The monitor practice programme: Is non-invasive management of dental caries in private practice effective?

B. Curtis, R. W. Evans, A. Sbaraini, E. Schwarz

Research output: Contribution to journalReview articlepeer-review

19 Scopus citations


Background: This paper reviews the efficacy of an intensive, preventive-based, non-invasive approach to the management of dental caries within a randomized controlled trial. Methods: The primary efficacy measure was the two-year DMFS increment. Changes in risk status, fluoride history, number of emergency visits and toothaches, along with demographic variables such as age, gender, health problems, and the location of the dental practice attended were measured. Regression analysis was undertaken to adjust for potential confounding variables. Results: Nine hundred and two patients were recruited within 22 dental practices between May 2005 and March 2006. Baseline DMFS did not differ significantly between the control and study groups (p = 0.83). Age (p < 0.001), health status (p = 0.005), baseline risk (p < 0.001) and fluoride history (p < 0.001) were all independent significant predictors of two-year DMFS increment. Gender approached significance (p = 0.08). There were no statistically significant differences between the groups in the incidence of toothaches (p = 0.1) or number of treatment visits required (p = 0.35). There was a significant difference in the two-year incremental DMFS score in the study group compared to the control group (mean difference 2.2; p < 0.001). After adjusting for confounding variables the difference in the DMFS increment between the control and study groups remained significant (mean difference 1.7; p < 0.001). Conclusions: The results indicate efficacy of the preventive programme. Efficacy was independent of age, gender, medical concerns, fluoride history, or previous history of dental caries, in a population of patients attending for treatment in private dental practices, in a variety of locations, on a relatively short-term basis (two years). While encouraging, it will be essential that these results are followed over a longer period of time in order to determine whether the benefits are maintained.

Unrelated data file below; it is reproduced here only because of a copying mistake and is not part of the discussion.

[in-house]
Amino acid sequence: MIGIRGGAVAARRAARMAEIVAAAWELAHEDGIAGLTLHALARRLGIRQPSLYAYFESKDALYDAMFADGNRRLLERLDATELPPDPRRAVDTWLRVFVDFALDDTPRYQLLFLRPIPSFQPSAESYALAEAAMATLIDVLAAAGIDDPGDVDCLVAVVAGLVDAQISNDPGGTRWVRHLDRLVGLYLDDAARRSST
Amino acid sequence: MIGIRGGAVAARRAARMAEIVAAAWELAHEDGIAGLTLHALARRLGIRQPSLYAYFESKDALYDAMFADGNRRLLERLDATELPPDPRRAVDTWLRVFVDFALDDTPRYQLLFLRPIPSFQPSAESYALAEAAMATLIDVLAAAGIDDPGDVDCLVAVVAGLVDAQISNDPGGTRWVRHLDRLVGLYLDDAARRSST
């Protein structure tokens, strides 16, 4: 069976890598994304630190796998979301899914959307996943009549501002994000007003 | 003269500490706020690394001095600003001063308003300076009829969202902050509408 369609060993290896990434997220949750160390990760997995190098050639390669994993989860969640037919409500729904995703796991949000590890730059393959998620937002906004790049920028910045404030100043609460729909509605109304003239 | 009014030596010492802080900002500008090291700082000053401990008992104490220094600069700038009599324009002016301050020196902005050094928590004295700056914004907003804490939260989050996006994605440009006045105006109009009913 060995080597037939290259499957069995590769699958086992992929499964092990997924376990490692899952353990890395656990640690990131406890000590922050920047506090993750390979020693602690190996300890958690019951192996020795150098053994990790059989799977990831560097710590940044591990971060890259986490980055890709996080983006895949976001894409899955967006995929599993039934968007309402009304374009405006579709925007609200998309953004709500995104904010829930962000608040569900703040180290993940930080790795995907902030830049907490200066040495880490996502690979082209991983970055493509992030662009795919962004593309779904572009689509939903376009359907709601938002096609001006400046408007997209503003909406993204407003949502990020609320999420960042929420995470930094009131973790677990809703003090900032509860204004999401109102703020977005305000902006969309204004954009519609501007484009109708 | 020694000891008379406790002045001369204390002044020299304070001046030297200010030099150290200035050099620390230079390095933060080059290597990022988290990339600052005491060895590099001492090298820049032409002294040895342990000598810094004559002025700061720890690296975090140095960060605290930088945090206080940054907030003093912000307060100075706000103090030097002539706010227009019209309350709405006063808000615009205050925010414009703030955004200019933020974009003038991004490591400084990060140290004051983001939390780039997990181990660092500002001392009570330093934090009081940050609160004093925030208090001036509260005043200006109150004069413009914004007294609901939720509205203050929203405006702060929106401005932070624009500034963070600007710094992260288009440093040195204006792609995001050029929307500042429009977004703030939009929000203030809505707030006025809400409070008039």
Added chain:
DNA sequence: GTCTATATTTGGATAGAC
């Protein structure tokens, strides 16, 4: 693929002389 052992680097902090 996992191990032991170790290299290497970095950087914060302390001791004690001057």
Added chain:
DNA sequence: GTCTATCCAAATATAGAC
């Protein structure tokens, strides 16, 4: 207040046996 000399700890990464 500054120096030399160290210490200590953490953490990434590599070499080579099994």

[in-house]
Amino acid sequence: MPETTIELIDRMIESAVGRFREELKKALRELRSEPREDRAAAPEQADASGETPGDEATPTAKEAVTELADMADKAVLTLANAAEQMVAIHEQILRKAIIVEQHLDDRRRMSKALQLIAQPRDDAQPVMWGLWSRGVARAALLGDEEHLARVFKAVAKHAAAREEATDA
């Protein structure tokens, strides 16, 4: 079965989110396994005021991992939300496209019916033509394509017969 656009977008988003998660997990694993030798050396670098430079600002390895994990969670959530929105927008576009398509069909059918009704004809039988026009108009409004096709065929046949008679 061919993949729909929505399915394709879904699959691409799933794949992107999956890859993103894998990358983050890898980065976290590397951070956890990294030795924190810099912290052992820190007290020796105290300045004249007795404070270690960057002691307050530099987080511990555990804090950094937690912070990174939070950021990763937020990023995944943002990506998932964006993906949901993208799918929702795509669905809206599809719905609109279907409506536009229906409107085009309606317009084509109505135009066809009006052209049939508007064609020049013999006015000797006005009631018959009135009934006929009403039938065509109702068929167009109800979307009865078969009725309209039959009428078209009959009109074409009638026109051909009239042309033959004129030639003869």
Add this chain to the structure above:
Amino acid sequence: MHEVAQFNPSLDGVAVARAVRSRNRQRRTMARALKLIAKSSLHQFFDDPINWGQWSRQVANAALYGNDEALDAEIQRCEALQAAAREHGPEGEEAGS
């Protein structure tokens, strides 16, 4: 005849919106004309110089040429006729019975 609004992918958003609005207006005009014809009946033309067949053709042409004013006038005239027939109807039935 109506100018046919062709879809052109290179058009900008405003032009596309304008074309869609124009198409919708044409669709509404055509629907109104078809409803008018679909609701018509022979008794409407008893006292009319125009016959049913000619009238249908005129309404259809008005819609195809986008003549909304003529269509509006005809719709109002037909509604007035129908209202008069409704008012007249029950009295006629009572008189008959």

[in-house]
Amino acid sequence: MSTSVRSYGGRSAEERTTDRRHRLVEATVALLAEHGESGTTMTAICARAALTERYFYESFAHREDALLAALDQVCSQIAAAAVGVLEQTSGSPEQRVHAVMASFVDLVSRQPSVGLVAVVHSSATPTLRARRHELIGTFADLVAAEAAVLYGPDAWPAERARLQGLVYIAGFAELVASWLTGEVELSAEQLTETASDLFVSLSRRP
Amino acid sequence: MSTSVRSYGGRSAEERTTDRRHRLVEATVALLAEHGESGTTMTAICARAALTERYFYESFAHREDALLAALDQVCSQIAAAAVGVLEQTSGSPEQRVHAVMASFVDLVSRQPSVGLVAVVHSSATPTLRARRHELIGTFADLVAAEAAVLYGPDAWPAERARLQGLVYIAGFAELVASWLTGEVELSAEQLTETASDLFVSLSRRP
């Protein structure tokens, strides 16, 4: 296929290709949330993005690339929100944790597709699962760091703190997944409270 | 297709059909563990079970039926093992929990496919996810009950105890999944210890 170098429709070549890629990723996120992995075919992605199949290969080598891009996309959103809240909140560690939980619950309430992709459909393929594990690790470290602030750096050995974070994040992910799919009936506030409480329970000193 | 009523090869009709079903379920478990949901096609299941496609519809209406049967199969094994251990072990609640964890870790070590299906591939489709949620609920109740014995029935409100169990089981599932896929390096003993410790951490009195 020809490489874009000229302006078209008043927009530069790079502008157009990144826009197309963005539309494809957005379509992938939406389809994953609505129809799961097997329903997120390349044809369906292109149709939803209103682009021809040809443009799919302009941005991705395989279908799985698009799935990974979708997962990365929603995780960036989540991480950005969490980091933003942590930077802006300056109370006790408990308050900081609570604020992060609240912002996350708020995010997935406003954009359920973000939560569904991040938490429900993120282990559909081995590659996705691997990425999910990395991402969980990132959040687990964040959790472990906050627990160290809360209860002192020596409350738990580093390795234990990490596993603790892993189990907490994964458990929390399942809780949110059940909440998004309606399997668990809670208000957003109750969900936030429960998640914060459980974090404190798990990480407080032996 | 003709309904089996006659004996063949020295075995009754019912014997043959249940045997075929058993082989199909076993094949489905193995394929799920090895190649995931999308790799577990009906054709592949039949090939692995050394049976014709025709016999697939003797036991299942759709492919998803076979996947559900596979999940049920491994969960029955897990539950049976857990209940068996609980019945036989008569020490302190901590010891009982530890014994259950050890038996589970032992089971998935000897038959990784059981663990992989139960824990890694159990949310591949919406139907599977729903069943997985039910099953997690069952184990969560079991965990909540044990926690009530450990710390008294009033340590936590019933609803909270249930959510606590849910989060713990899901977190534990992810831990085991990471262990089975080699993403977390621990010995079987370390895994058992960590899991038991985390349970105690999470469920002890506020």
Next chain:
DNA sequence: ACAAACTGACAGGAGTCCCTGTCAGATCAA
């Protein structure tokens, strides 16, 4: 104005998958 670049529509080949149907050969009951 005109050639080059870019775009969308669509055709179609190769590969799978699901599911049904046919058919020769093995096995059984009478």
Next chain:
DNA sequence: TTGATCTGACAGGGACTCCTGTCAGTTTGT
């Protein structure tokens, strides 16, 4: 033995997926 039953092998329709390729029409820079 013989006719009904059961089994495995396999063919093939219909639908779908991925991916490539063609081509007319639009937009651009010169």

Original languageEnglish (US)
Pages (from-to)306-313
Number of pages8
JournalAustralian Dental Journal
Issue number4
StatePublished - Dec 2008
Externally publishedYes


  • Dental caries
  • Economic analysis
  • Evidence-based care
  • Prevention

ASJC Scopus subject areas

  • Dentistry(all)


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